Wednesday, January 31, 2007

Are you buying a new TV?

Here's an AP story saying that there's been an enormous pre-Super Bowl run on flat-panel HDTV's. The story says, based on a study of consumer intentions, that an estimated 2.5 million people will buy a new TV before the Super Bowl.

Maybe, if wishes were fishes. The only hard evidence the story provides is from Chicago -- where I totally expect people are buying TVs to cover every flat surface in their homes, offices, garden sheds and outhouses. But aside from there and Indianapolis, I don't think either team has a huge national fan base. And TV prices, from what I've seen, were a little better during the pre-Christmas sales than they are now.

Plus, the story includes this gem of a quote:

"People don't care about price," Mike Abt, president of the business his grandmother founded in 1936, said happily. "They're asking the salesmen what's the highest-quality set."

I'm pretty sure that's just one of those things salesmen say, hoping that somewhere, sometime it proves to be true. Out here in the real world, price is always right at the top of the list.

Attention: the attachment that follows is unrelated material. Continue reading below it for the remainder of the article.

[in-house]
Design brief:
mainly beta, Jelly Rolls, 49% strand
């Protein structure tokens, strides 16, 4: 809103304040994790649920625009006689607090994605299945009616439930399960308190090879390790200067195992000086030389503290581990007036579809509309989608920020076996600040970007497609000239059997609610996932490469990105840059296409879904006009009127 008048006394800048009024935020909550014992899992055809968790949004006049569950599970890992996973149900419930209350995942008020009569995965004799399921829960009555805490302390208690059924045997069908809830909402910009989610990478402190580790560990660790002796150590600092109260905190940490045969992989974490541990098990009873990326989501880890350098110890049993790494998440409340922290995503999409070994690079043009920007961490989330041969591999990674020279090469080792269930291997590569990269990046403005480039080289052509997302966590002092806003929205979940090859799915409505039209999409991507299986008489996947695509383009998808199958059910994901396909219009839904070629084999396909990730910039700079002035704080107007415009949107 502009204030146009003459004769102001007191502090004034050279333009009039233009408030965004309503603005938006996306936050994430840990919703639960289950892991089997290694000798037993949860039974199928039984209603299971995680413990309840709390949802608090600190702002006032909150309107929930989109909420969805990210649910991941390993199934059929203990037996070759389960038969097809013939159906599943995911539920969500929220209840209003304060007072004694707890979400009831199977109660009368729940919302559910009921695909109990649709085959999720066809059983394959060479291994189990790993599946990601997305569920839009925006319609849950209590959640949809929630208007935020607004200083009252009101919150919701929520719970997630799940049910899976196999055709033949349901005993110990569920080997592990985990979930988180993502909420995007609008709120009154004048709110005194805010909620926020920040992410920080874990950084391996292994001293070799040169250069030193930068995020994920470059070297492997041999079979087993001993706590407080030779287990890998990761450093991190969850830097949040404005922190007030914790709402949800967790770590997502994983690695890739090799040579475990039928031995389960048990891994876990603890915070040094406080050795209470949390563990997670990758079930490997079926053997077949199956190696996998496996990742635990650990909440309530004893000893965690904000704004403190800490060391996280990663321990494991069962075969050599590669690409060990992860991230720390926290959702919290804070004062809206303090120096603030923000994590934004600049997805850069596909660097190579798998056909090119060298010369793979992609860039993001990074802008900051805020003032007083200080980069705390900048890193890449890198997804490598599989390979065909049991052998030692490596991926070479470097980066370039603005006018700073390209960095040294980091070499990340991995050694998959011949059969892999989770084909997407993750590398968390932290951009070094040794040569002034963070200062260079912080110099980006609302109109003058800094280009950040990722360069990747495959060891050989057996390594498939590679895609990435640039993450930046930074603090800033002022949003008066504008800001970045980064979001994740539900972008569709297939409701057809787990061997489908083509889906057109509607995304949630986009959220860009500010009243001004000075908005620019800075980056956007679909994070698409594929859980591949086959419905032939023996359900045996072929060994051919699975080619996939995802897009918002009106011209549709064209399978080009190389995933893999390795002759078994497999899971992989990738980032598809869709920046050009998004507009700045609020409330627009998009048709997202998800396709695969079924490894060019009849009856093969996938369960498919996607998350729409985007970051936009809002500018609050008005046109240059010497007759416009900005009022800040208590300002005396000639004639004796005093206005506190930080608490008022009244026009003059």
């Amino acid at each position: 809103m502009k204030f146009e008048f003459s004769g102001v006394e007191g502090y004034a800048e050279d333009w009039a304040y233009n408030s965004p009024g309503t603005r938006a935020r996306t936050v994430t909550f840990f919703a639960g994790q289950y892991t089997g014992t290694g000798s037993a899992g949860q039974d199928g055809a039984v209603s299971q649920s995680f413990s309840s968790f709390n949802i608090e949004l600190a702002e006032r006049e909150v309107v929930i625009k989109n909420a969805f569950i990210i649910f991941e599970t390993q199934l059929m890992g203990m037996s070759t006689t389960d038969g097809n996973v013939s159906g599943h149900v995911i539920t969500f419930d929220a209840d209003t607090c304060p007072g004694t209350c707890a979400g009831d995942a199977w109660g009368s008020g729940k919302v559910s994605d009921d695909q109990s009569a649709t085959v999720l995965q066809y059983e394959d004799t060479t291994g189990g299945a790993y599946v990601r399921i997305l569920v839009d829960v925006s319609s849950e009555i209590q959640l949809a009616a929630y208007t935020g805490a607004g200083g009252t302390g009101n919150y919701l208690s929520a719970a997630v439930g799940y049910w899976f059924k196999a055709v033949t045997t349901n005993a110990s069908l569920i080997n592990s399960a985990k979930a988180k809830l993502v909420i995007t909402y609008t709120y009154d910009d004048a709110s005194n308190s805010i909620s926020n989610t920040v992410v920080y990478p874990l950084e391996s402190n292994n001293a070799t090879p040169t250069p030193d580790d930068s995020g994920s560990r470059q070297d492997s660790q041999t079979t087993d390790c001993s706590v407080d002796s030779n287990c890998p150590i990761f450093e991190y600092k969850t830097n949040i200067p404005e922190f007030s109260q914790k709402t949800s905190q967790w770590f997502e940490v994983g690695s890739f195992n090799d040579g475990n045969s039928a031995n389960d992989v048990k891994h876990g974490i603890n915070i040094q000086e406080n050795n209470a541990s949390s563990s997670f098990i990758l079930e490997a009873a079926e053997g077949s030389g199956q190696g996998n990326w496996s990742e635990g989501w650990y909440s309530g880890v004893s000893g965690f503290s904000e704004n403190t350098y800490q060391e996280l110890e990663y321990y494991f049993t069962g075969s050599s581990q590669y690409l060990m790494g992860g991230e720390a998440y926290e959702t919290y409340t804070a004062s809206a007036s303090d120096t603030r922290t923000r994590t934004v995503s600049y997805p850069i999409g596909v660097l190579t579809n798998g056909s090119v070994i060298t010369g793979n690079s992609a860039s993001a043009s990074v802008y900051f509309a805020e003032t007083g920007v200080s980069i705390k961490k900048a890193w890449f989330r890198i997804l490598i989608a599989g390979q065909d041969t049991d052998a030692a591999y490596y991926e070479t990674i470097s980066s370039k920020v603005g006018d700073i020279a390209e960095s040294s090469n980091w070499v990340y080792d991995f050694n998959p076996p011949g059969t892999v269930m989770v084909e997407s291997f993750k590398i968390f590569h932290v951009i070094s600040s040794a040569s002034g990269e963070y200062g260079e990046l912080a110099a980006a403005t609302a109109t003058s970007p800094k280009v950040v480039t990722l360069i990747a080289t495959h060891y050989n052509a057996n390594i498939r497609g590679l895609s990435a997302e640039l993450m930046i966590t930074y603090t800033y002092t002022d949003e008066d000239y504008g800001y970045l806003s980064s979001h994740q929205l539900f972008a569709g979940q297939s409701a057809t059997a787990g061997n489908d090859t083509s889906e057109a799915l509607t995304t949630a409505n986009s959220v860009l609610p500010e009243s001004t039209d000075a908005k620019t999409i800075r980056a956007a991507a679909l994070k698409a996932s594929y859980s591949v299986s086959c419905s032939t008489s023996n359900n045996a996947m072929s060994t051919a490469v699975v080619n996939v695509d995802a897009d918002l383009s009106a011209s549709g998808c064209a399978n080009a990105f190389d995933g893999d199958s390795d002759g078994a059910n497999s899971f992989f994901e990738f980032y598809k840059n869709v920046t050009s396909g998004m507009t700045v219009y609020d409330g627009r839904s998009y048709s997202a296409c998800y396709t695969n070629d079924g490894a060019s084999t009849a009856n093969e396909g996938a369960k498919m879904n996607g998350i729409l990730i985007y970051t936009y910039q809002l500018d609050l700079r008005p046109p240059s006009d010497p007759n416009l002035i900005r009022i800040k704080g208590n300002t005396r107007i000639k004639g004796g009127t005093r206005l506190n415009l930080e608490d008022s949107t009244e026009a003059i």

Still, I could be wrong. Anybody dropped 10 grand on a new set in the last few days?


At 12:00 PM, February 01, 2007, Anonymous Anonymous said...

HA! If it is free, yeah, I don't care about the price either. However, I'm not paying 3, 4, 5 or even 10K on an HD television set. It will be a long time before I will purchase one of these wall hangars. I'd love to have one but the price is STUPID HIGH.

I'll wait, just like everything else in the consumer world. The prices will come down when more companies get into this new market. Then, and only then will I buy an HDTV of some sort.

I still see the FCC having problems implementing their drop dead date for HDTV broadcasting. Way too many common folk still have the "classic" television sets. And you are not going to force the masses into making a purchase of that magnitude without a major backlash from the same masses.

There will probably be a longer transition time with HDTV and traditional broadcasts than they have indicated.


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